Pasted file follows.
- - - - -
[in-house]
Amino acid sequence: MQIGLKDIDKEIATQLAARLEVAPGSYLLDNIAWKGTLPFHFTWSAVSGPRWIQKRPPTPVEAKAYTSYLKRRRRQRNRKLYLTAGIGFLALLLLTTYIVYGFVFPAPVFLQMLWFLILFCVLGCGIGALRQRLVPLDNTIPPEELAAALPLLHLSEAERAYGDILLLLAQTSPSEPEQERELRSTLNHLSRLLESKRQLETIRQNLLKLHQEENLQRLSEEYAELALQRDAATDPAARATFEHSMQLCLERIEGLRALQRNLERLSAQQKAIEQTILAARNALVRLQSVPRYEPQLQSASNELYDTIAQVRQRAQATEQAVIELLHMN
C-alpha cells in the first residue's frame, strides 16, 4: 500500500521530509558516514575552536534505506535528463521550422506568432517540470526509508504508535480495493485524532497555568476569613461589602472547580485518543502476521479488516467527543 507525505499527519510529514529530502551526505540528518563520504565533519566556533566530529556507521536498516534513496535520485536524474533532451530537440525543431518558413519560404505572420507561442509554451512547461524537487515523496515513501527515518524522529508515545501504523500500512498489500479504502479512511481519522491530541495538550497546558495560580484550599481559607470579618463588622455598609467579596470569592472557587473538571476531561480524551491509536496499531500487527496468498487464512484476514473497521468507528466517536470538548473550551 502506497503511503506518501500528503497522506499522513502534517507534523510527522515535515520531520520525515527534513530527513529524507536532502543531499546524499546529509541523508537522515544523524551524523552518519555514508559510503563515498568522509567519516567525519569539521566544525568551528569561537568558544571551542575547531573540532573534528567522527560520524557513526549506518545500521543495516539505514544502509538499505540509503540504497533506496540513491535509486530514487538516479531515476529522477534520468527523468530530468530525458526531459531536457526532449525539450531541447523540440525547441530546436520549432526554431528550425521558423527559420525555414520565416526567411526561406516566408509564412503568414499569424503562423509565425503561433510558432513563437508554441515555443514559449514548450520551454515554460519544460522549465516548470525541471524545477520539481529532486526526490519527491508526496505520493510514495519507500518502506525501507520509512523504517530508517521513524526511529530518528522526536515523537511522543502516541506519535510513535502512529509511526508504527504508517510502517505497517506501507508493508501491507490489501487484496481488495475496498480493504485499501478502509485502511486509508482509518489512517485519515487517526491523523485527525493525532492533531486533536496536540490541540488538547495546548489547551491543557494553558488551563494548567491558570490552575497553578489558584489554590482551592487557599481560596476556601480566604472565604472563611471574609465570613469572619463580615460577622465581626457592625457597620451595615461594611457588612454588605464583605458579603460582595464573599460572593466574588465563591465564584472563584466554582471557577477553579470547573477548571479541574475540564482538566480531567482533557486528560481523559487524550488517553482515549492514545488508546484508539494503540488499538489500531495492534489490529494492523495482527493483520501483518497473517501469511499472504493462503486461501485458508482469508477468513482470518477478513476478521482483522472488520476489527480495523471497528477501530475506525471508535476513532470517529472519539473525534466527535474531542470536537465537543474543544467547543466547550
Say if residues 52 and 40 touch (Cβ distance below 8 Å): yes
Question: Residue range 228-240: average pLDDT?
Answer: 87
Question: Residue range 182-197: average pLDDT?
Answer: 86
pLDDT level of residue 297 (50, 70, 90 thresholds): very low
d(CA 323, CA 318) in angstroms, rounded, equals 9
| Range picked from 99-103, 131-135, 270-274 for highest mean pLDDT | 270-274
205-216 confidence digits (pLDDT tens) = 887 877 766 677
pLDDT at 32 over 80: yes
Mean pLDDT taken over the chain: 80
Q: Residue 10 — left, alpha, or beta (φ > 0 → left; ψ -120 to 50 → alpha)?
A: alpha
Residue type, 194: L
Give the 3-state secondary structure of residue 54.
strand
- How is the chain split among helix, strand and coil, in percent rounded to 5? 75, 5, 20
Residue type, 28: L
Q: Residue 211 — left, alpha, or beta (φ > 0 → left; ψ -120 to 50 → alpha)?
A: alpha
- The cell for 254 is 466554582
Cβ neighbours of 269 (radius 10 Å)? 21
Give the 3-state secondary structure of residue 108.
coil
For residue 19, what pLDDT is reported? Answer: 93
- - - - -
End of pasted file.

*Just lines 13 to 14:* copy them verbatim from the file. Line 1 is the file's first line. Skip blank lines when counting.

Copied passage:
pLDDT at 32 over 80: yes
Mean pLDDT taken over the chain: 80